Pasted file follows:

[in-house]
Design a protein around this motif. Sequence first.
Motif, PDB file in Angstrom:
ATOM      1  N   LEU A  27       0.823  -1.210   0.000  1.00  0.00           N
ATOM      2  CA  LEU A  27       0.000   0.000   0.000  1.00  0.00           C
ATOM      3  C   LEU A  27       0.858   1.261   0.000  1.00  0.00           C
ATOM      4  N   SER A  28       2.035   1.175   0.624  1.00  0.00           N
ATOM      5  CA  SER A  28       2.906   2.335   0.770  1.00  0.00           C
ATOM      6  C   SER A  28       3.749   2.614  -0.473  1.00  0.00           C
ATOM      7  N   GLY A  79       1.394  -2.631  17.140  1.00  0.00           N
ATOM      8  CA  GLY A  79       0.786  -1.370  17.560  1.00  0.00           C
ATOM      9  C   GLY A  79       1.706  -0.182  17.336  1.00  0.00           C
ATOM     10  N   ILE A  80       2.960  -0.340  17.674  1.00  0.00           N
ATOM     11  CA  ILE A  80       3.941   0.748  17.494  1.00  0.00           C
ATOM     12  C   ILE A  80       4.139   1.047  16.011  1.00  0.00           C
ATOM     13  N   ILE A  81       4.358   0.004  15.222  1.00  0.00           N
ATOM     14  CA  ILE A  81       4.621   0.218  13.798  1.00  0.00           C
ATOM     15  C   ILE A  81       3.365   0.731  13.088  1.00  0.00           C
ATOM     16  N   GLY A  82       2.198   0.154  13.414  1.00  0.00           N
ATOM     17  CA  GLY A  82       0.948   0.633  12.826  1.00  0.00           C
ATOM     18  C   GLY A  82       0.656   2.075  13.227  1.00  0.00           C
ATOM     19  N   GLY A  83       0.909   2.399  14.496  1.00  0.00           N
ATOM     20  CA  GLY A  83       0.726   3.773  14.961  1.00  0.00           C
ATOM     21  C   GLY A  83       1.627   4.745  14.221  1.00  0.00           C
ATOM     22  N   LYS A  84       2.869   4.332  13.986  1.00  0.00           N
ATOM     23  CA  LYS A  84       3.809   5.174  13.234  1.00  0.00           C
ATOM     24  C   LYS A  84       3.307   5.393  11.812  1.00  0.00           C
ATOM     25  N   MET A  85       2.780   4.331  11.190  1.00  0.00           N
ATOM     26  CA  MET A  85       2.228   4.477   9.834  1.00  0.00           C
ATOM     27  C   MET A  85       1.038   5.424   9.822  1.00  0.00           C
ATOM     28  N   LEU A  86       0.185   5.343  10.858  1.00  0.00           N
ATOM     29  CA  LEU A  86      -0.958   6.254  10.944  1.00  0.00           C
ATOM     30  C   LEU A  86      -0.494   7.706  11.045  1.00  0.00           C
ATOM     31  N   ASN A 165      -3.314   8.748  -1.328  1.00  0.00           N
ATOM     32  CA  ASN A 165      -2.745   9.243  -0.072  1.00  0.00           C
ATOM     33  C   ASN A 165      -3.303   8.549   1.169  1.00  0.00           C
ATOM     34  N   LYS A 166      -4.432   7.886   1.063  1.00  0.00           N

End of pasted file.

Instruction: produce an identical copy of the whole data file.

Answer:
[in-house]
Design a protein around this motif. Sequence first.
Motif, PDB file in Angstrom:
ATOM      1  N   LEU A  27       0.823  -1.210   0.000  1.00  0.00           N
ATOM      2  CA  LEU A  27       0.000   0.000   0.000  1.00  0.00           C
ATOM      3  C   LEU A  27       0.858   1.261   0.000  1.00  0.00           C
ATOM      4  N   SER A  28       2.035   1.175   0.624  1.00  0.00           N
ATOM      5  CA  SER A  28       2.906   2.335   0.770  1.00  0.00           C
ATOM      6  C   SER A  28       3.749   2.614  -0.473  1.00  0.00           C
ATOM      7  N   GLY A  79       1.394  -2.631  17.140  1.00  0.00           N
ATOM      8  CA  GLY A  79       0.786  -1.370  17.560  1.00  0.00           C
ATOM      9  C   GLY A  79       1.706  -0.182  17.336  1.00  0.00           C
ATOM     10  N   ILE A  80       2.960  -0.340  17.674  1.00  0.00           N
ATOM     11  CA  ILE A  80       3.941   0.748  17.494  1.00  0.00           C
ATOM     12  C   ILE A  80       4.139   1.047  16.011  1.00  0.00           C
ATOM     13  N   ILE A  81       4.358   0.004  15.222  1.00  0.00           N
ATOM     14  CA  ILE A  81       4.621   0.218  13.798  1.00  0.00           C
ATOM     15  C   ILE A  81       3.365   0.731  13.088  1.00  0.00           C
ATOM     16  N   GLY A  82       2.198   0.154  13.414  1.00  0.00           N
ATOM     17  CA  GLY A  82       0.948   0.633  12.826  1.00  0.00           C
ATOM     18  C   GLY A  82       0.656   2.075  13.227  1.00  0.00           C
ATOM     19  N   GLY A  83       0.909   2.399  14.496  1.00  0.00           N
ATOM     20  CA  GLY A  83       0.726   3.773  14.961  1.00  0.00           C
ATOM     21  C   GLY A  83       1.627   4.745  14.221  1.00  0.00           C
ATOM     22  N   LYS A  84       2.869   4.332  13.986  1.00  0.00           N
ATOM     23  CA  LYS A  84       3.809   5.174  13.234  1.00  0.00           C
ATOM     24  C   LYS A  84       3.307   5.393  11.812  1.00  0.00           C
ATOM     25  N   MET A  85       2.780   4.331  11.190  1.00  0.00           N
ATOM     26  CA  MET A  85       2.228   4.477   9.834  1.00  0.00           C
ATOM     27  C   MET A  85       1.038   5.424   9.822  1.00  0.00           C
ATOM     28  N   LEU A  86       0.185   5.343  10.858  1.00  0.00           N
ATOM     29  CA  LEU A  86      -0.958   6.254  10.944  1.00  0.00           C
ATOM     30  C   LEU A  86      -0.494   7.706  11.045  1.00  0.00           C
ATOM     31  N   ASN A 165      -3.314   8.748  -1.328  1.00  0.00           N
ATOM     32  CA  ASN A 165      -2.745   9.243  -0.072  1.00  0.00           C
ATOM     33  C   ASN A 165      -3.303   8.549   1.169  1.00  0.00           C
ATOM     34  N   LYS A 166      -4.432   7.886   1.063  1.00  0.00           N